Court of Appeal to deliver judgment on AG’s appeal against Opuni trial to start afresh
The Court of Appeal will on July 3, 2023, deliver a judgment on the Attorney General’s appeal against the trial of Dr. Stephen Kwabena Opuni, a former Chief Executive of COCOBOD, and two others, to start afresh.
The Court presided over by Justice Philip Bright Mensah also dismissed a request from lawyers of Dr Opuni and businessman, Seidu Agongo, to refer the document before it back to the High Court for the full records.
Other panel members are Justice Ernest Owusu-Dapaah and Justice Jennifer Dadzie.
The Court said the ruling of the High Court, the submissions of counsel and the charge sheet were the relevant documents the Court of Appeal required to determine the appeal.
It subsequently directed the Attorney General to file its written submissions by Friday June 16 and lawyers of Dr Opuni and Seidu to also file their written submissions for the appeal a week after June 16, 2023.
The AG filed an appeal against the ruling of Justice Kwasi Anokye Gyimah, who took over from the previous judge, Justice Clemence Hornyenugah, who retired in March in 2023. Justice Gyimah ruled that it was going to start the trial afresh after the State had asked the Court to adopt the proceedings of Justice Hornyenugah.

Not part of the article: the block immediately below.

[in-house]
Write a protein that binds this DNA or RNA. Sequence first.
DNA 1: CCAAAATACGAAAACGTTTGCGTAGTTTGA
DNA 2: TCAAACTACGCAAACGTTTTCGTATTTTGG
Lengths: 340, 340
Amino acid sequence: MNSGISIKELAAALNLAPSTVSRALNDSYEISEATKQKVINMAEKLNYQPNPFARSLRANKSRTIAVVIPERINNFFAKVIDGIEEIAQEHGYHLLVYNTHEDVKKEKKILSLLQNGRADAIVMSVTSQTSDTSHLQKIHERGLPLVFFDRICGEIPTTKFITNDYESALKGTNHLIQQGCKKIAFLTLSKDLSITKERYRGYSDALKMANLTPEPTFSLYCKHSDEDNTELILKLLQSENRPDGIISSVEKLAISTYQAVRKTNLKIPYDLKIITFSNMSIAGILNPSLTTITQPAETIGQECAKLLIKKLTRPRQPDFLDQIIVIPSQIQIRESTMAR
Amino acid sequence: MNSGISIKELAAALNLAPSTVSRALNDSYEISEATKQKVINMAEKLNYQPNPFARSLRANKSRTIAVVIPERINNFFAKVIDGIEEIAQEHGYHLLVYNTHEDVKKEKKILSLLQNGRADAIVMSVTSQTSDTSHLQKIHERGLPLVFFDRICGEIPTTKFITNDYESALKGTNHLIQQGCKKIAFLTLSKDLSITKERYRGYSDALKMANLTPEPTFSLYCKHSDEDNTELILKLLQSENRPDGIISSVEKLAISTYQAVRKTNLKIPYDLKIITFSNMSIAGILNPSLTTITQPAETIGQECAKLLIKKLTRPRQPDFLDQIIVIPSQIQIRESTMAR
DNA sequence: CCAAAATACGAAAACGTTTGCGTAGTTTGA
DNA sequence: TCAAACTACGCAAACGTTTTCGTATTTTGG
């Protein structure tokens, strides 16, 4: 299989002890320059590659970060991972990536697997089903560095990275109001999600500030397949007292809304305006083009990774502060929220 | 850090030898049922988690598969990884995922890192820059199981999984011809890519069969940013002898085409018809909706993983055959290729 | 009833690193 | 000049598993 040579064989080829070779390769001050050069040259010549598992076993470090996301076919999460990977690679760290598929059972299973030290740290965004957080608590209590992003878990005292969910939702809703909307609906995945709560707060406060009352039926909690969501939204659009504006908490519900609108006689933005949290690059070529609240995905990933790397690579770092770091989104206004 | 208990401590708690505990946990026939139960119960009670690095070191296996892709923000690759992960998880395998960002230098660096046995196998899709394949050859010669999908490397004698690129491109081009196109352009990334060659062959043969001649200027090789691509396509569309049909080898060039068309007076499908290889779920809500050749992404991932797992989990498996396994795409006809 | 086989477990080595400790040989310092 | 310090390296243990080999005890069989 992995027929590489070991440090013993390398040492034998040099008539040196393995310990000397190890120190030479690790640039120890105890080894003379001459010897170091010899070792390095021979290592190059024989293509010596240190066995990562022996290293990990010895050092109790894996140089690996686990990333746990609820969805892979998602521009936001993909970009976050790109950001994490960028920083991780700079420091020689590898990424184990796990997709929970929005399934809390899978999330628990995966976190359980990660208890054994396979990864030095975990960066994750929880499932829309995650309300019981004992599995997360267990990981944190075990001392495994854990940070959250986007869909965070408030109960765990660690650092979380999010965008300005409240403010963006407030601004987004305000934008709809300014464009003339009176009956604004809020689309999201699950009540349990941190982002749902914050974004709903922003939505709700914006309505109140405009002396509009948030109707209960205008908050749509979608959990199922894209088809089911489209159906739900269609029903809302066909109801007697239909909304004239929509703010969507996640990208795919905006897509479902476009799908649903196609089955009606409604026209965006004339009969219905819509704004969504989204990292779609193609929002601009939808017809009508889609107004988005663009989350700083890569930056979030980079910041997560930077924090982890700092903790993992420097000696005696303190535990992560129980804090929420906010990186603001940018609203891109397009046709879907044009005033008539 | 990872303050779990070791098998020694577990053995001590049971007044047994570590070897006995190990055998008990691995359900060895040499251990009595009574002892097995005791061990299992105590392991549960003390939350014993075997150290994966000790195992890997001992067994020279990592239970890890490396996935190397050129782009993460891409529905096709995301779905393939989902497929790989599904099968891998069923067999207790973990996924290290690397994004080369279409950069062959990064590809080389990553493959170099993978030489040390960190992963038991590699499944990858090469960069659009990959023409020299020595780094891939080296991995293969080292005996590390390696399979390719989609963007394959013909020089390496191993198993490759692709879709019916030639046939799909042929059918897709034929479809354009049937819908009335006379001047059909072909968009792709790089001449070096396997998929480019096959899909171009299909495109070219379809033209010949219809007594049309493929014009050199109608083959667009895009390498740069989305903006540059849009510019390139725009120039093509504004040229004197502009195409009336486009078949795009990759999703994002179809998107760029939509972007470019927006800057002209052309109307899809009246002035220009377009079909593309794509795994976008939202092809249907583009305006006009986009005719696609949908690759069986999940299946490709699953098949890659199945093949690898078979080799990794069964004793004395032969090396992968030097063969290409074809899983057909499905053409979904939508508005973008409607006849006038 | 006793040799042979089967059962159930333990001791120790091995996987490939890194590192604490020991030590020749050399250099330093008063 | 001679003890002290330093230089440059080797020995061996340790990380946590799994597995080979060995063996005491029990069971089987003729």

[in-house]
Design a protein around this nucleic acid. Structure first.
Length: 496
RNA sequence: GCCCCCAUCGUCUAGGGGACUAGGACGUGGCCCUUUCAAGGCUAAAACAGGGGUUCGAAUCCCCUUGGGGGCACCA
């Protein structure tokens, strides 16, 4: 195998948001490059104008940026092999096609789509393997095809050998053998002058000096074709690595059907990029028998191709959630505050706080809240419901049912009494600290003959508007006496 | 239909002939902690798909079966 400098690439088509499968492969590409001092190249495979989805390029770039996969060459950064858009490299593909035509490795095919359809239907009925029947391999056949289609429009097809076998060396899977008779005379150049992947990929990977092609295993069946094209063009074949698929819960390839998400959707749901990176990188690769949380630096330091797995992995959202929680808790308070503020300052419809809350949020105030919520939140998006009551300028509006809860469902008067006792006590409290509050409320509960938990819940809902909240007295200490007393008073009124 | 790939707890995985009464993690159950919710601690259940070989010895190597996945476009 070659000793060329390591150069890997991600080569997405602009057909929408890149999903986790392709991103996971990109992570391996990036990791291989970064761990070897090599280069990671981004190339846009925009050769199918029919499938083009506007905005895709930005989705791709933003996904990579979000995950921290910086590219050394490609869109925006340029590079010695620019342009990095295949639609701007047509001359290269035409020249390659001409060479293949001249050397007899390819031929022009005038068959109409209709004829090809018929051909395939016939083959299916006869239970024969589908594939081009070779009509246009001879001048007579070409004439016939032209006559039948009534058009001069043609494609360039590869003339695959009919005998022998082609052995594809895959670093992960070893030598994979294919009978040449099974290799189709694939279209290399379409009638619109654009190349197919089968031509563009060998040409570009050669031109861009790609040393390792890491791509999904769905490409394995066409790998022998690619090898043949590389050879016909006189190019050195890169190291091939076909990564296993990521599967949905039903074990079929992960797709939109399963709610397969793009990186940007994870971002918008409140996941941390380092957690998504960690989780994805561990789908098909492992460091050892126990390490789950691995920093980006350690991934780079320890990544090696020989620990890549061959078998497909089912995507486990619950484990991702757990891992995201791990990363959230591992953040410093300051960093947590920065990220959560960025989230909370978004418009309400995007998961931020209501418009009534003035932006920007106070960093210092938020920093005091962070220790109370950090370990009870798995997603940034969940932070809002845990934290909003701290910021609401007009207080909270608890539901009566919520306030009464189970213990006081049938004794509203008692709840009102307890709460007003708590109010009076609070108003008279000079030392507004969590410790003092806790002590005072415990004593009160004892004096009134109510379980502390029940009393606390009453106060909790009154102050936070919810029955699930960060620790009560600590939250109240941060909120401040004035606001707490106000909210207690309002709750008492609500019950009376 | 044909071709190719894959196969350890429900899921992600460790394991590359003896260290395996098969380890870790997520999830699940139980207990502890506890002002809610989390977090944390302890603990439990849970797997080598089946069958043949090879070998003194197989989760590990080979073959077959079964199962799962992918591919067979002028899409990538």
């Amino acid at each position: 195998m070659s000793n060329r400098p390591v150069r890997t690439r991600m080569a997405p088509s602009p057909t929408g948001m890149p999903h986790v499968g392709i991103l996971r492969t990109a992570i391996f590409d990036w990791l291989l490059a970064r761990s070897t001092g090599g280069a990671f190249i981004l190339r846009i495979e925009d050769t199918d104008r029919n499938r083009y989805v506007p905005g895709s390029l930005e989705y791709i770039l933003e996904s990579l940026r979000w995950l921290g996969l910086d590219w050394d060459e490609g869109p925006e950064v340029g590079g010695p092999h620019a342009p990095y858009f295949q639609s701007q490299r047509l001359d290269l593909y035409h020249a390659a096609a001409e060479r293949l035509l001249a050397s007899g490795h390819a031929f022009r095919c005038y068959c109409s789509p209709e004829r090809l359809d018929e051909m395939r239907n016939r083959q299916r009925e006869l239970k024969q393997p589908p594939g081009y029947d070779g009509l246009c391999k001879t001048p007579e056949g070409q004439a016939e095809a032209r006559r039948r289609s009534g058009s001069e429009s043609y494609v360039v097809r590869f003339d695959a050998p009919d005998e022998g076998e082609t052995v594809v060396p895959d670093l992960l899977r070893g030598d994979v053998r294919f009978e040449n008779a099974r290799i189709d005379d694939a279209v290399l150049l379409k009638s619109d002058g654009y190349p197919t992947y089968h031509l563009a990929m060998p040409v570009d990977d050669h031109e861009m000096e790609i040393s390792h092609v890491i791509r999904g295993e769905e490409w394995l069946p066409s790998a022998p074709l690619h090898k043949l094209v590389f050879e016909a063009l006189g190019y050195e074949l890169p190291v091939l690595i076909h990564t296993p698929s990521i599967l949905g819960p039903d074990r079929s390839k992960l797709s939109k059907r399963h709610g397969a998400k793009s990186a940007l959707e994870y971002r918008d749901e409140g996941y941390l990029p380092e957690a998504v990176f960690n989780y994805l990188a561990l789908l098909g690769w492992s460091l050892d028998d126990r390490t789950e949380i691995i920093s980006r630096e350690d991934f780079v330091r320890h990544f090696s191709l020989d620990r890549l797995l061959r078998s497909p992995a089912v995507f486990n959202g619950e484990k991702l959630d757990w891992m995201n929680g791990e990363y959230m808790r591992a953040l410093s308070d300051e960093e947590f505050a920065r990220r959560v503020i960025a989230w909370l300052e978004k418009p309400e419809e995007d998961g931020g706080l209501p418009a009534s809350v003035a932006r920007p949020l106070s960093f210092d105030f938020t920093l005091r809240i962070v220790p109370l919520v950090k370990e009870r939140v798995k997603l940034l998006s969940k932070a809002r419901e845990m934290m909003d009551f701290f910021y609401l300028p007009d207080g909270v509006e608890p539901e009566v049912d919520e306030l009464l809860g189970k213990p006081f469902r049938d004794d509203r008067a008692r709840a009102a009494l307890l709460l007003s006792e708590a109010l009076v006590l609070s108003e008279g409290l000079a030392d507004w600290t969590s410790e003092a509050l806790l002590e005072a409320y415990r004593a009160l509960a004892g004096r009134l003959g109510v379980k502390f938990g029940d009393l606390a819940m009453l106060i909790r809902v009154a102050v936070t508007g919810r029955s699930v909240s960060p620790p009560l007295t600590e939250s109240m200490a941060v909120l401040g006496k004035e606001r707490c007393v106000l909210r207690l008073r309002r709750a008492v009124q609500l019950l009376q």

On June 7, 2023, when the appeal was first called, lawyers of the accused persons told the Court that the records before it for the appeal were incomplete.
They said for the panel to have a proper appreciation of the matter before them, they needed to be ceased with facts of the case before making a determination.
The request was opposed by the prosecution which argued that all that matters for the appeal to be heard has been filed.
On April 25, 2023, the AG, Mr Godfred Yeboah Dame, filed an appeal against the High Court’s decision that the criminal trial of a former CEO of COCOBOD and two others should be heard de novo.
The AG’s grounds of appeal are that the trial judge, Justice Kwasi Anokye Gyimah, “misdirected himself” in the application of the principles regarding the adoption of evidence in a trial.
Dr Opuni and Mr Agongo are facing 27 charges, including defrauding by false pretences, wilfully causing financial loss to the State, money laundering, and corruption by a public officer in contravention of the Public Procurement Act.
They have both pleaded not guilty to the charges and are on a GH¢300,000.00 self-recognizance bail each.